by Susan Sharon
Maine Public Radio news story
Just days after the Plum Creek Timber Company acknowledged that it mistakenly logged a deer wintering area and violated a voluntary agreement with the Department of Inland Fisheries and Wildlife, the company is under fire again; and so is the state agency that oversees land use in the unorganized territories. This time the focus is Kibby Mountain in western Maine where Transcanada is in the process of developing a wind power project, and where related logging operations by Plum Creek and a sub-contractor have been linked to serious land use violations.
Pictures taken at the site by an independent engineering firm and provided to the Land Use Regulation Commission in late October show a logging road so damaged by rain, logging activity and erosion that it created a mudslide described as nearly 900 feet long. Other pictures show the mud thigh-deep. And one caption indicates that it was so thick a skidder with four chained tires got stuck and had to be pulled out with a cable. “These mud flows are huge. This is a mess. This really shouldn’t happen,” says Nick Bennett, a staff scientist with the Natural Resources Council of Maine.
Bennett has been reviewing Plum Creek’s activities in the area and the handling of the matter by the state’s Land Use Regulation Commission known as LURC. Although TransCanada holds a LURC approved permit to develop the site for wind, Plum Creek is the landowner. And Bennett says it was a Plum Creek logging contractor that was removing timber from the area in preparation for the wind farm. “LURC eventually issued a letter of warning to TransCanada which we don’t think is sufficient. We don’t think it’s sufficient with LURC’s policy, which is to hold the landowner accountable and the landowner in this case is Plum Creek. They’re the ones who were harvesting in bad conditions. They ignored a stop work order both from the third party inspector and from TransCanada and LURC did not hold them accountable.”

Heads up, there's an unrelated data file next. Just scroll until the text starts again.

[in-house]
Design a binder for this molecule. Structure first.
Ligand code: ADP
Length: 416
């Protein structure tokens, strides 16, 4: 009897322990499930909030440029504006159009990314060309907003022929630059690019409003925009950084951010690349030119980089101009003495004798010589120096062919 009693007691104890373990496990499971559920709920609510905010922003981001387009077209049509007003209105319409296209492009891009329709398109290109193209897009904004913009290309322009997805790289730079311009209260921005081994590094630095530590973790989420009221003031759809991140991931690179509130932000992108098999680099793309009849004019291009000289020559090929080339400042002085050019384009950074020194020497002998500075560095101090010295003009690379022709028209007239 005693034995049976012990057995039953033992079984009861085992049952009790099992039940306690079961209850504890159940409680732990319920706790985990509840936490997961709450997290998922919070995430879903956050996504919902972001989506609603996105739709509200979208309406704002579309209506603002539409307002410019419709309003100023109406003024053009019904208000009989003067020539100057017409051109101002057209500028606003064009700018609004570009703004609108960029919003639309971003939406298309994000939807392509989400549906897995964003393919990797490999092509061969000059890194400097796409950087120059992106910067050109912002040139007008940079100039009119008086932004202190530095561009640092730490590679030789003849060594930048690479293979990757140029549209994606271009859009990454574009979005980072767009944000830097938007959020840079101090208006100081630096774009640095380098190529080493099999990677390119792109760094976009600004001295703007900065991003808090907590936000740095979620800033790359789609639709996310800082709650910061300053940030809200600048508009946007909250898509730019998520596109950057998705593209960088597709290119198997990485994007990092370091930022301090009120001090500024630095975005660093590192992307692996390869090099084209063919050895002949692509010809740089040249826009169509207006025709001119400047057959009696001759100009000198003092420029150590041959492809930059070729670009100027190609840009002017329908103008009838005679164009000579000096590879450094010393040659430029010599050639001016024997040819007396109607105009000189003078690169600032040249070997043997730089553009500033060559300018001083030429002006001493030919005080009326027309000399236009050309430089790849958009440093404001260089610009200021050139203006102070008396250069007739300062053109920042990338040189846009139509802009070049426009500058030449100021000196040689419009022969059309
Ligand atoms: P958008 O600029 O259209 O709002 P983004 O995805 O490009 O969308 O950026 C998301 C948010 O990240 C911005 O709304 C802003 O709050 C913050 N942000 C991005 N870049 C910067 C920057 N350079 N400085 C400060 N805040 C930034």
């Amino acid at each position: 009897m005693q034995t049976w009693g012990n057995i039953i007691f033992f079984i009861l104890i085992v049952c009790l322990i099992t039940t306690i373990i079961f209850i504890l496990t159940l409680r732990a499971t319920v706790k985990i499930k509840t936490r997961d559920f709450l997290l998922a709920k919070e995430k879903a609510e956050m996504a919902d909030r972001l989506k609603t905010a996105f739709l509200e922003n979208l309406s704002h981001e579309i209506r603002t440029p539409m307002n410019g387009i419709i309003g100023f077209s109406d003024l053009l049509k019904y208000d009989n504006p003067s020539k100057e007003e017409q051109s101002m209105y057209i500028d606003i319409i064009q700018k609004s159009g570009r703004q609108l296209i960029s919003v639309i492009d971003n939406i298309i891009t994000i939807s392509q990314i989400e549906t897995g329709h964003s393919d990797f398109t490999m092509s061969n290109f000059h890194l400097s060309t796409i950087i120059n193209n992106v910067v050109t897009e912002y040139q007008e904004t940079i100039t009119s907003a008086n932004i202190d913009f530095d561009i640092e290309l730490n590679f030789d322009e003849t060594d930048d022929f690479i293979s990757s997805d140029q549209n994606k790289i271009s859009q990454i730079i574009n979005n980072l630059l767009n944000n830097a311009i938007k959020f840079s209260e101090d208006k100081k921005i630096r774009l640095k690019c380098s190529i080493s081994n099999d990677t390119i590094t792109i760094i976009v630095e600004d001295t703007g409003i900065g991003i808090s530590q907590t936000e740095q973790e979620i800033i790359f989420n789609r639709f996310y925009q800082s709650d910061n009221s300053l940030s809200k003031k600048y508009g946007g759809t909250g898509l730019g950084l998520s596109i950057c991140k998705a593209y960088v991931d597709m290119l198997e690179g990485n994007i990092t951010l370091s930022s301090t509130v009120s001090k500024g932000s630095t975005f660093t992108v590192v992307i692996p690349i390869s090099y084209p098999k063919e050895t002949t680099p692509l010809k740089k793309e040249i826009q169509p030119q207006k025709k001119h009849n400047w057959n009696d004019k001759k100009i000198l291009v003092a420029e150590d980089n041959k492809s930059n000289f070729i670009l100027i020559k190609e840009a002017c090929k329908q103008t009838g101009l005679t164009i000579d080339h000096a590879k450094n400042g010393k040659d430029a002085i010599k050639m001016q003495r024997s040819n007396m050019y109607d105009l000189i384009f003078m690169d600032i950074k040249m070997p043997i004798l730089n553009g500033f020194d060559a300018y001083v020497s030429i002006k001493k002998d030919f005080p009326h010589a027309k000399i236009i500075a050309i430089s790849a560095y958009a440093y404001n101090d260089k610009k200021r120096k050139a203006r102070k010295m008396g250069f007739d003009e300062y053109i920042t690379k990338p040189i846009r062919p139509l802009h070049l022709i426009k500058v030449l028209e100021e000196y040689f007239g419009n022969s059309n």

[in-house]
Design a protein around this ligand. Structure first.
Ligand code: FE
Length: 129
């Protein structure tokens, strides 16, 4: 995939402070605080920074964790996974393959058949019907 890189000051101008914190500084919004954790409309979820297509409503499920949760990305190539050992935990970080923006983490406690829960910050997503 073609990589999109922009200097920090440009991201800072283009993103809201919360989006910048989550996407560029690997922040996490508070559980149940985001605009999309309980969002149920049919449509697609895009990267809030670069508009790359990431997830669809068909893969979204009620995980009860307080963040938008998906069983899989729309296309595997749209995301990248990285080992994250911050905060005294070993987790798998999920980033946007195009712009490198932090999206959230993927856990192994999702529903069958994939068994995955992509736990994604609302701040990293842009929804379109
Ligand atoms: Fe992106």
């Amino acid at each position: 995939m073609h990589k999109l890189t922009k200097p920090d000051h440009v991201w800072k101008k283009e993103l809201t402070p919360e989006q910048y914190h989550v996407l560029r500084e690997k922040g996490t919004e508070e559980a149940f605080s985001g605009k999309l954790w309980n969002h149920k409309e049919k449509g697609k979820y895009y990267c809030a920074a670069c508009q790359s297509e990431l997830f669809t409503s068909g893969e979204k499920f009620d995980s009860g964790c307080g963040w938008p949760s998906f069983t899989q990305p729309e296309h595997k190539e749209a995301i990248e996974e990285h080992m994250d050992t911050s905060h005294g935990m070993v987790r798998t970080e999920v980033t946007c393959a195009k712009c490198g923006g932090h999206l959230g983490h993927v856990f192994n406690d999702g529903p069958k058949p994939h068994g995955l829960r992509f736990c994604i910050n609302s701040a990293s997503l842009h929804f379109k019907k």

As part of its permit requirements, TransCanada hired a third-party, SJR Engineering, to review its clearing operations. When SJR’s inspector, Steve Roberge visited the site on October 22nd he found standard erosion control measures were lacking. And he communicated to TransCanada and LURC the very next day that he thought logging operations should cease until the ground froze.
TransCanada notified Plum Creek by phone and email to stop work. But records show that did not happen for four more days. By then another heavy rain had fallen. Independent inspector Steve Roberge did not return telephone calls to MPBN, but when he visited the damaged site on October 27th Roberge wrote in his report, “I’m at a loss to understand the thinking/implementation process here.” And in an email to LURC he said, “I believe this violation deserves some sort of fine. If this doesn’t qualify, I’m not sure what would.”
“Based on the Commission’s compliance and enforcement policy we thought that the most appropriate response was to issue a letter of warning,” says Catherine Carroll, executive director of LURC. Carroll says the commission determined that TransCanada as the permittee was the responsible party for the violations, and not Plum Creek. And so that’s where the letter of warning was sent, with a copy sent to Plum Creek. No fines or other penalties were issued.
“We took a look at the site and it appeared there was an erosion event,” Carroll says. “However, we also noticed that the sediment did not get anywhere close to a water body, which is something that we would have been very concerned about had that occurred.” Carroll says TransCanada immediately took steps to correct the violations. She points out that this is the company’s first permit in Maine. It has no record of past transgressions.
But that’s not the case with Plum Creek, says Brownie Carson, executive director of the Natural Resources Council of Maine. He counters that Plum Creek was fined nearly $60,000 by the state–the highest penalty ever imposed–for repeat violations of Maine’s Forest Practices Act. “These are people who clearcut deeryards, who built a powerline without getting a permit through a forested area. NRCM’s position is that Plum Creek needs to be slapped and slapped hard and thus far they really haven’t been.”
Carson says LURC’s own enforcement policy stresses that consequences should be real in order to achieve deterrence and prevent repeat violations. It also says that past performance should be a factor in determining the size of any monetary penalty. And he’s worried about deterrence if Plum Creek moves forward on its next big project: development of 900 houselots and two large resorts at Moosehead Lake where LURC also has jurisdiction. Neither Plum Creek nor TransCanada returned telephone calls to MPBN. But in a written statement TransCanada officials said they regretted the incident.